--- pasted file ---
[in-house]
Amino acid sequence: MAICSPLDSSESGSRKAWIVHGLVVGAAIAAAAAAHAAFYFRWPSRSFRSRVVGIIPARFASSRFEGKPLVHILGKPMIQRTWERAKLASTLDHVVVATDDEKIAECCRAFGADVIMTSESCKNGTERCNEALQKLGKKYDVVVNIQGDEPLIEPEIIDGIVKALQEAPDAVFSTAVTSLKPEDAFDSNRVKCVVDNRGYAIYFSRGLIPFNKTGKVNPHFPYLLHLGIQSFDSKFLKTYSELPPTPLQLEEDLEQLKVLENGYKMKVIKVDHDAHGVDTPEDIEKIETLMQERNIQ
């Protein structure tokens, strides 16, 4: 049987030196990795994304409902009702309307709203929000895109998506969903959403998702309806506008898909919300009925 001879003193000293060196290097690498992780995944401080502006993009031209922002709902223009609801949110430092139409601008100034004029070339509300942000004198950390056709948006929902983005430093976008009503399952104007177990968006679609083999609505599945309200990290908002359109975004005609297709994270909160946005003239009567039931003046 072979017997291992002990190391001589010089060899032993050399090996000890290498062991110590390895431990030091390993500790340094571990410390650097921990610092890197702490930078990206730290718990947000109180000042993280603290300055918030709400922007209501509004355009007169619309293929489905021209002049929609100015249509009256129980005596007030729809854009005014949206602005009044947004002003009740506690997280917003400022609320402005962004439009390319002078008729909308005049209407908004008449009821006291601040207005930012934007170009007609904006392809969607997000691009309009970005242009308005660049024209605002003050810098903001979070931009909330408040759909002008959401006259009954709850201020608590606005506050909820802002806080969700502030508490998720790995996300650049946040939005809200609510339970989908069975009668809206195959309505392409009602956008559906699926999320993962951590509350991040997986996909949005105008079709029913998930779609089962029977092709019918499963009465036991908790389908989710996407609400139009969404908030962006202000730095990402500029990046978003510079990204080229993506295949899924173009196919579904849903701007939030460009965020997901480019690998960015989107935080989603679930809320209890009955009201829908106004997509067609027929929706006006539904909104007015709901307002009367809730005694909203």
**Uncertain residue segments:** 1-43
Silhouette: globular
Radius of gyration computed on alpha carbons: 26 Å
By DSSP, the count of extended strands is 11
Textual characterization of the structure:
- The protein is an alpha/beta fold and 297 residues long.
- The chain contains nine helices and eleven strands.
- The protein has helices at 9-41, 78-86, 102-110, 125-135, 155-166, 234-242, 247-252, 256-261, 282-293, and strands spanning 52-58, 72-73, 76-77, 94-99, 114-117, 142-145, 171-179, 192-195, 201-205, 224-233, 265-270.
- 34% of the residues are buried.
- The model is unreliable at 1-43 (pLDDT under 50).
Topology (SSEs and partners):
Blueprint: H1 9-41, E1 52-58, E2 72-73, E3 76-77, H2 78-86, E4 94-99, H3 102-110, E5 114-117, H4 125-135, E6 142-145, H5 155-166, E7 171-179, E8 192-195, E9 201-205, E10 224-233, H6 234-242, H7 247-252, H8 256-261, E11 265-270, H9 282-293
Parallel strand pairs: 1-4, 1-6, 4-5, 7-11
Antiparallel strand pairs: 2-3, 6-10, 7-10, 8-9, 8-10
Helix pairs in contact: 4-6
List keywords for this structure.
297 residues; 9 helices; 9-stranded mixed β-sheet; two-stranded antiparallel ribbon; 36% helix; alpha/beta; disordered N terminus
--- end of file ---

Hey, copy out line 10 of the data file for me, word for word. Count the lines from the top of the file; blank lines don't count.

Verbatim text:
- The chain contains nine helices and eleven strands.